Smiter is a solid three-drop for this deck. You can cast it off Mystic on turn two, and slamming it on turn three is perfectly reasonable as well. Copying it with the Spiritbinder lets you hit for 4 extra damage as well. While Fanatic got chopped for Brimaz—and Brimaz is also stronger than Smiter—I still want a set of three-drops to sit alongside Brimaz, and Smiter is my choice for that.
Welcome to this deck's second plan. This card is really about just as lethal with Aurelia as Felhide Spiritbinder is—and they curve perfectly. Cast Kalonian Hydra (perhaps on turn four—or even three) and then follow it up next turn with an Aurelia. Hydra attacks, and doubles its own counters, then attacks and doubles again—slamming in for 24 damage on its own (30 if you include Aurelia!).
Copying Hydra with Felhide Spiritbinder yields similar results. Play Felhide on turn four (or three!), attack, then play a Hydra. Untap, make a copy of the Hydra, and each Hydra doubles the other—attacking for 32 damage combined from the two of them!
Even if your opponent dismantles the rest of your plan, Kalonian Hydra is a humungous threat on its own. I'll stick with four.
This deck definitely wants access to some removal to help clear the way for your Felhide combo—if your opponent can block it and kill it the combo doesn't work—and just for your general creature onslaught.
Chained to the Rocks is a pretty good choice. I'm a fan of diverse removal choices, though, especially with something like Chain, which has things that could go wrong. (Not drawing a Mountain, encountering a Stormbreath Dragon.) For that reason, I'd like to split it two-and-two with Mizzium Mortars. It's not too hard to overload Mortars in this deck (especially good for wiping up opposing Brimaz tokens), but it also just serves as a nice two-mana way to deal with most threats your opponent will cast.
This deck has a ton of acceleration, and Springleaf Drum doesn't really help this deck's early creatures create mana at all since this deck's early creatures already make mana. You can tap Felhide Spiritbinder the turn you cast it to set up for a nice next turn—but that one benefit isn't enough to preserve the Drum's spot here. Springleaf Drum can go.
Finally, there's one more card I'd like to fit into the deck: Garruk, Caller of Beasts. Six-mana Garruk is pretty scary in a deck that can power him out so quickly, and is a nice way to recover against board sweepers. I would only main deck two—you already have four Aurelias at six mana—but would definitely consider sideboarding another.
That brings the entire list to:
Gavin Verhey's Infinite Aurelias
And there you have it! A few tweaks to optimize what's going on, and the deck is all set. It has some pretty powerful draws and can kill out of nowhere with Aurelia—especially with Kalonian Hydra.
In Standard right now, this deck can out-midrange a lot of the midrange decks—many of them don't have great instant-speed answers for Aurelia outside of Hero's Downfall. If they leave you with anything, Aurelia can completely turn the tide of the game. Mono-Black might be a bit of a rough matchup if it draws a lot of removal and Demons—but this deck is such a blast that hopefully you can tolerate a world of Demons for the sake of playing with an Angel.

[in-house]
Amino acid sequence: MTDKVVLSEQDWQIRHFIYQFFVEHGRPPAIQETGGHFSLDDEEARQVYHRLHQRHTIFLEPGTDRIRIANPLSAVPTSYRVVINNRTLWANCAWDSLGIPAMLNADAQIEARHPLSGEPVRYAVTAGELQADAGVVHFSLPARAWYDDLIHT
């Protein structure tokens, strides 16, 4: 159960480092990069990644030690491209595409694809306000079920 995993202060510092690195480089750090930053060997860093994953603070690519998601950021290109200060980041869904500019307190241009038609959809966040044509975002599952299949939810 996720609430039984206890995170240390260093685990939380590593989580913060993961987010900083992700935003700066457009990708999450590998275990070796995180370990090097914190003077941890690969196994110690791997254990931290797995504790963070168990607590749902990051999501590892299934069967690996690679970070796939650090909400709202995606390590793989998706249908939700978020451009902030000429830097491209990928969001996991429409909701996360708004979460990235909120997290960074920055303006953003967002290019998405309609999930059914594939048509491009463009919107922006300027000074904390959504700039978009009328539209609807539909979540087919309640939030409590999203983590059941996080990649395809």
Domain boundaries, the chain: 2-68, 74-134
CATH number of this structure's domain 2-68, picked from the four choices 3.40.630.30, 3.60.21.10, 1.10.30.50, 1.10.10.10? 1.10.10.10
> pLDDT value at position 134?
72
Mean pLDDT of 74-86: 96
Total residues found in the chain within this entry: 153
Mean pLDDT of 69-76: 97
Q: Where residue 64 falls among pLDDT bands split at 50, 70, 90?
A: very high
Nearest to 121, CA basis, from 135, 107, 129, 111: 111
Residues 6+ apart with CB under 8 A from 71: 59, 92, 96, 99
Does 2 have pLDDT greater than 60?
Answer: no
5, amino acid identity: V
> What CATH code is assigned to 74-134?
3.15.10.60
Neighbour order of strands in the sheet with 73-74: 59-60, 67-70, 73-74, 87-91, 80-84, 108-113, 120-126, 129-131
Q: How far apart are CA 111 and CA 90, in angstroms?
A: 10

If you're looking to make this deck stronger against aggressive decks, you could definitely consider trying Archangel of Thune as a nice weapon against them. If control decks and their board sweepers are an issue, Boros Charm is a nice way to save your team from Supreme Verdict and another Garruk or even Domri Rade can help you reload.
I'm glad I got a chance to take a look at this deck as it does something pretty unique. Enjoy!
What are some of the other cool decks players sent in this week? Let's take a look!
Phil St.Antoine's Mono-Black Humans
Hiroya Kobayashi's Silent Song Combo
Mike Paddock's Sheer Pain
Hunter Oka's Pain Jund
Alex Bohn's Felhide Hippo Campus
Simon Harris's UB Pain Seer
Simon Dermaux's Chimera Token Giveaway
Andy Chen's MinoRoar!
Takahiro Yamamoto's Endless Inspired
The Budget-Born Landscape
Ah, I love seeing the new shape of formats after a set has released. Standard has already begun to change, and who knows if there will be a breakout Born of the Gods card at the Modern Pro Tour next week? It will be fun to watch either way!
But what can you do on a budget?
Each set, I like to do a budget challenge. And now it's time for the Born of the Gods edition!
Restrictions: Your deck is on a budget. For a loose definition, consider budget to contain few rares and very few, if any, mythic rares.
Deadline: February 17, at 6 p.m. Pacific Time
Submit all decklists by clicking on "respond via email" below. Please submit decklists using the following template. (The specific numbers below are arbitrary, so please don't feel a need to use them—it's just how an example of how a decklist should look when laid out.)
1 Other Spell
1 Other Spell
What can you do when some of the most prominent rare and mythic rare tools are set aside? Restrictions breed creativity—let's see what you can come up with!
I hope you enjoyed this take on Standard! I had a blast working on this deck, and if you build the deck, may you have equally as much fun. If you have any feedback on this article, feel free to send me a tweet or post in the forums and I'll be sure to take a look.
I'll be back next week with a look at Modern, right before the Pro Tour! It should be pretty interesting. Talk to you then!
When Gavin Verhey was eleven, he wanted a job making Magic cards. Ten years later, his dream was realized as his combined success as a professional player, deck builder, and writer brought him into Wizards R&D during 2011. He's been writing Magic articles since 2005 and has no plans to stop.